Jathan Janove is the Director of Employment Engagement Solutions and Managing Shareholder of the Portland, Oregon office of Ogletree Deakins. When I asked Jathan about accountability among lawyers in law firms, he mentioned the “Quiet Herd Cutter” problem. Intrigued, I asked him about it. Although the context is a law firm, there is little doubt that you will relate to his description of The “Quiet Herd Cutter.”

Wildebeest jumping in the Mara river while crossing the river.LINDA GALINDO:  What do you mean by “Quiet Herd Cutter”?

JATHAN JANOVE:  It’s a form of negative performance feedback.  Senior attorney gives junior attorney an assignment and doesn’t like the result.  Rather than inform the junior attorney, point out the deficiencies, and explain what needs to change, the senior attorney simply doesn’t use that attorney again.

It’s like a herd of wildebeests moving across the African savannah.  The perceived weak ones quietly get shunted to the side and left to their fate with the jackals and hyenas.

LG:  What are the consequences of Quiet Herd Cutter management?

JJ:  First, there’s a good chance the senior attorney has made an erroneous snap judgment that the junior attorney can’t cut it and thus will miss out on what would have been a long-term beneficial relationship.  In this blog post, I share a personal story where a senior attorney cut me from the herd; yet by a subsequent fluke, I got a second chance, which led to my becoming his No. 1 “go to” attorney.  Instead, the senior partner should think, “This lawyer graduated law school, passed the bar, and was hired by a committee of my partners.  So what’s a more likely explanation for my disappointment – a failure to communicate, one of us having a bad day, or the junior lawyer lacking what it takes?”

Second, it’s cruel.  The junior attorney may have a sense that things didn’t go right, but doesn’t know exactly what, much less how to fix the problem.  As a result, his or her confidence erodes, which leads to similar herd-cutting with other senior attorneys.  The pain increases as the junior attorney can’t get enough work to stay busy and can’t make his or her required hours.  Instead, the attorney worries, speculates and feels victimized.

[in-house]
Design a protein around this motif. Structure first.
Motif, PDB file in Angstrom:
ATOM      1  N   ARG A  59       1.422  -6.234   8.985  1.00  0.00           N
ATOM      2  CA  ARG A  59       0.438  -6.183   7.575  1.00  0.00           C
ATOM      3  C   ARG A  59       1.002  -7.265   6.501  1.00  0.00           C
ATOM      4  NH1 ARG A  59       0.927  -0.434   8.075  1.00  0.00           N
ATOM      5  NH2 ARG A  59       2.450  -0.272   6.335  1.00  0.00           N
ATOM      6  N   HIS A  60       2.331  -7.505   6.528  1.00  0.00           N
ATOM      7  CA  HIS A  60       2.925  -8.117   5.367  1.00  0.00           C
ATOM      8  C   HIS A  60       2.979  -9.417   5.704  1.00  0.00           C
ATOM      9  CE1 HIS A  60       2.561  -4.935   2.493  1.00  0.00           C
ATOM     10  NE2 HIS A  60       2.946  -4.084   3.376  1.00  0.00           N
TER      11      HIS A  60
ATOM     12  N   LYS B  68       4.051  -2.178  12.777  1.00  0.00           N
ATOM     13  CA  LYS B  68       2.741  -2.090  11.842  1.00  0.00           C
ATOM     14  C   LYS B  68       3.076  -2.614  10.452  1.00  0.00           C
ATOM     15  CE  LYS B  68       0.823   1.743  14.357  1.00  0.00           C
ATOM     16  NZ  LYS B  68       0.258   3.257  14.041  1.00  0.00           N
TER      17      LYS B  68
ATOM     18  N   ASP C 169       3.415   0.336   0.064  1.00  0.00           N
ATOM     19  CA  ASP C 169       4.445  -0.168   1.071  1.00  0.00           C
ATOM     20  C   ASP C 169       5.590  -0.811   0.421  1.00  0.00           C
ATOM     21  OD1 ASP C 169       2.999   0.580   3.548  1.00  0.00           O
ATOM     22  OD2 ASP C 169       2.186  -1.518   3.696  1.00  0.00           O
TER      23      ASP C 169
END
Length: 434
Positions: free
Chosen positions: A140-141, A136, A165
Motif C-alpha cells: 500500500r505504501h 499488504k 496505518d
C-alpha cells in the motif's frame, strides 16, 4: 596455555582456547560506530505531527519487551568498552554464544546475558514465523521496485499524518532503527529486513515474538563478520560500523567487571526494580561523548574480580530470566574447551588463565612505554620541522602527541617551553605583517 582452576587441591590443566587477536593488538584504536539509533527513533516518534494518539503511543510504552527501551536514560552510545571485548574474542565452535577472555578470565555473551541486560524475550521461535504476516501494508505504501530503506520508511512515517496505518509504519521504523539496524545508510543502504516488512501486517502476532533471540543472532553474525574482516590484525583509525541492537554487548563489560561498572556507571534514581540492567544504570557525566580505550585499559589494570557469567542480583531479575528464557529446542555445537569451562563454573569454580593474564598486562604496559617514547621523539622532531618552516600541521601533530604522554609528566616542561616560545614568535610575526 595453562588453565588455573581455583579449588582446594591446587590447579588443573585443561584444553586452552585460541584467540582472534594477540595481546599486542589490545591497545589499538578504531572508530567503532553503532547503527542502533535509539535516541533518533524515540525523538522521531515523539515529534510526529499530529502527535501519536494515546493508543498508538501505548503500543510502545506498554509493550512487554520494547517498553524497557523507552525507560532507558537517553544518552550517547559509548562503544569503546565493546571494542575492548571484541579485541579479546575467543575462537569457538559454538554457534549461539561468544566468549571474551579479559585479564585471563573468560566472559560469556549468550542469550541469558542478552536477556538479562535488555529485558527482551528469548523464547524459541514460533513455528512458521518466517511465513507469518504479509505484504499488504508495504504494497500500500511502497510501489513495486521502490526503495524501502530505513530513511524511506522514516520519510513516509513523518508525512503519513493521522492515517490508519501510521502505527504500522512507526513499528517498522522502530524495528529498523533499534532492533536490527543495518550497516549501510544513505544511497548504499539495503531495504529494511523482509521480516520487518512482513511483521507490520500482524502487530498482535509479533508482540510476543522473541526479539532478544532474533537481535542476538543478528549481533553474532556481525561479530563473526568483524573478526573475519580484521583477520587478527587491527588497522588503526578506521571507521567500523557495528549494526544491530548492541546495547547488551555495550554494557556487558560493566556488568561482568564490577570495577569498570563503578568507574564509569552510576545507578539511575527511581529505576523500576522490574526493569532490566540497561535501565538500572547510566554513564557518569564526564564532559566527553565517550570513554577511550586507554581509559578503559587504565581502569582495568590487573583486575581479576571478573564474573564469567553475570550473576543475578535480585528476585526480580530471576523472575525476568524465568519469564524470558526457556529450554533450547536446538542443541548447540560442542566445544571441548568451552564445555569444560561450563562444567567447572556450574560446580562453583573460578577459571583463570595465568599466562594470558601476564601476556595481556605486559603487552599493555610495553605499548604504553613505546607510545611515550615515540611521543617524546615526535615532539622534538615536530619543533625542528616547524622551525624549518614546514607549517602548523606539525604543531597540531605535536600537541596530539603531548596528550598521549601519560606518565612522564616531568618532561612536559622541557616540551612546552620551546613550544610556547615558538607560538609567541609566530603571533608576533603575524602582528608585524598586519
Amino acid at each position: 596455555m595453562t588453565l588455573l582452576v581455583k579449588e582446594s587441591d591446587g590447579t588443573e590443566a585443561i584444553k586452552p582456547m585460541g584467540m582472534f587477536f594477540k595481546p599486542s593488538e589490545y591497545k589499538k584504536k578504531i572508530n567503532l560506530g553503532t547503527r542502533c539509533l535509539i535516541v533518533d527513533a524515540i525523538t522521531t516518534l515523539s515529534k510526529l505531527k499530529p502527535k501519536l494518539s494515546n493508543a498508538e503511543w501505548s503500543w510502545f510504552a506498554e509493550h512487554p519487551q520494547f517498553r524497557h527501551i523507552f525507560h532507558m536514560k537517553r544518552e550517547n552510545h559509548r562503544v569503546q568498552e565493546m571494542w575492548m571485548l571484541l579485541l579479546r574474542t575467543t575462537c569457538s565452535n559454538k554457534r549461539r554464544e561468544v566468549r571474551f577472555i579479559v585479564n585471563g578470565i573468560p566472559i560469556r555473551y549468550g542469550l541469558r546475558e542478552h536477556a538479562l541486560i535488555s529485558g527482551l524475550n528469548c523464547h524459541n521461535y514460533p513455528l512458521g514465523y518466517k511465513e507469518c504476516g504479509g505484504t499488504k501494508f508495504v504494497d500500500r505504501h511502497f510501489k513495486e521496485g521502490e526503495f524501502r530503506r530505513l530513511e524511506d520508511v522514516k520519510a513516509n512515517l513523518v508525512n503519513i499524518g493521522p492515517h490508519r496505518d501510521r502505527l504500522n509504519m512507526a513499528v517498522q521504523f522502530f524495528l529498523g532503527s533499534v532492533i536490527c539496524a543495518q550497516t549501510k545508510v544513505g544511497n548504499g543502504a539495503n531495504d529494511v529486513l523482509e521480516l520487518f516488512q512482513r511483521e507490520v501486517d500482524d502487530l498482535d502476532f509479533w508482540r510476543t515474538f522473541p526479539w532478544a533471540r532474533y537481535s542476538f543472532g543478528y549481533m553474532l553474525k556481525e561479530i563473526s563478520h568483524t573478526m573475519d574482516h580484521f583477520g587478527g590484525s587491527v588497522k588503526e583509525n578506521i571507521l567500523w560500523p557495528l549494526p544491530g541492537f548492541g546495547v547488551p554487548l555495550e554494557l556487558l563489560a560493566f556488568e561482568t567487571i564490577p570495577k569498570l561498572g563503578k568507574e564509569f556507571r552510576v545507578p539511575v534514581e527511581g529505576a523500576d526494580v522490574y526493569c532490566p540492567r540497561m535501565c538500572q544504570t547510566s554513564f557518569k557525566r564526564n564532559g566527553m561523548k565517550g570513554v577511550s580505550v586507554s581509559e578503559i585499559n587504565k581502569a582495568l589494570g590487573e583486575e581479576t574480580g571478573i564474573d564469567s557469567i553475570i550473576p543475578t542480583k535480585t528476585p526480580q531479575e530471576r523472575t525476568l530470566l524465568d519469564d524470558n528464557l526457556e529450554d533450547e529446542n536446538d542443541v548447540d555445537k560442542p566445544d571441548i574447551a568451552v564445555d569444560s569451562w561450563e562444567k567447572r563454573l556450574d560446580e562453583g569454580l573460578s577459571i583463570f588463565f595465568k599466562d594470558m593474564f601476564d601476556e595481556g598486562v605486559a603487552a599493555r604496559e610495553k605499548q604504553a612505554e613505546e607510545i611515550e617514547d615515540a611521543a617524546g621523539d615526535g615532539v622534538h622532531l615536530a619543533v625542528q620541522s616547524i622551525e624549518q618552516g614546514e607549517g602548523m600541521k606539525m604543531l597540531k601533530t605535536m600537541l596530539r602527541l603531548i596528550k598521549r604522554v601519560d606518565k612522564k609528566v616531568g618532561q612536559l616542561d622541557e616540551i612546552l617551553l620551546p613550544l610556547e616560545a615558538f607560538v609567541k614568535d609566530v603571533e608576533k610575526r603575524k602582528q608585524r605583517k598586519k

Third, it’s highly inefficient.  If the junior attorney is truly unable to meet expectations, it’s in everyone’s best interests to find out sooner versus later and transition him or her from the firm.  This minimizes three costs: (1) emotional cost to both the junior attorney and others in continuing a relationship doomed for failure; (2) out-of-pocket cost in salary, benefits and overhead spent on someone who isn’t producing value; and (3) opportunity cost in being prevented from hiring a replacement who would add value.

Fourth, if the senior attorney is an equity stakeholder in the firm, it shirks that senior lawyer’s responsibility to conserve and increase the firm’s intellectual capital.

LG:  Is the Quiet Herd Cutter prevalent and, if so, why?

JJ:  It’s very prevalent.  Since I began speaking and giving presentations about this phenomenon, I’ve had numerous senior attorneys say, “Jathan, I thought you were talking about me!”

As for why, I think it is a combination of two things.  The first is the reluctance people have to confront an employee directly on a performance issue.  You might think that given the amount of conflict they deal with in their professional practices, attorneys are different.  However, when it comes to internal problems, they’re as conflict-adverse as anyone else.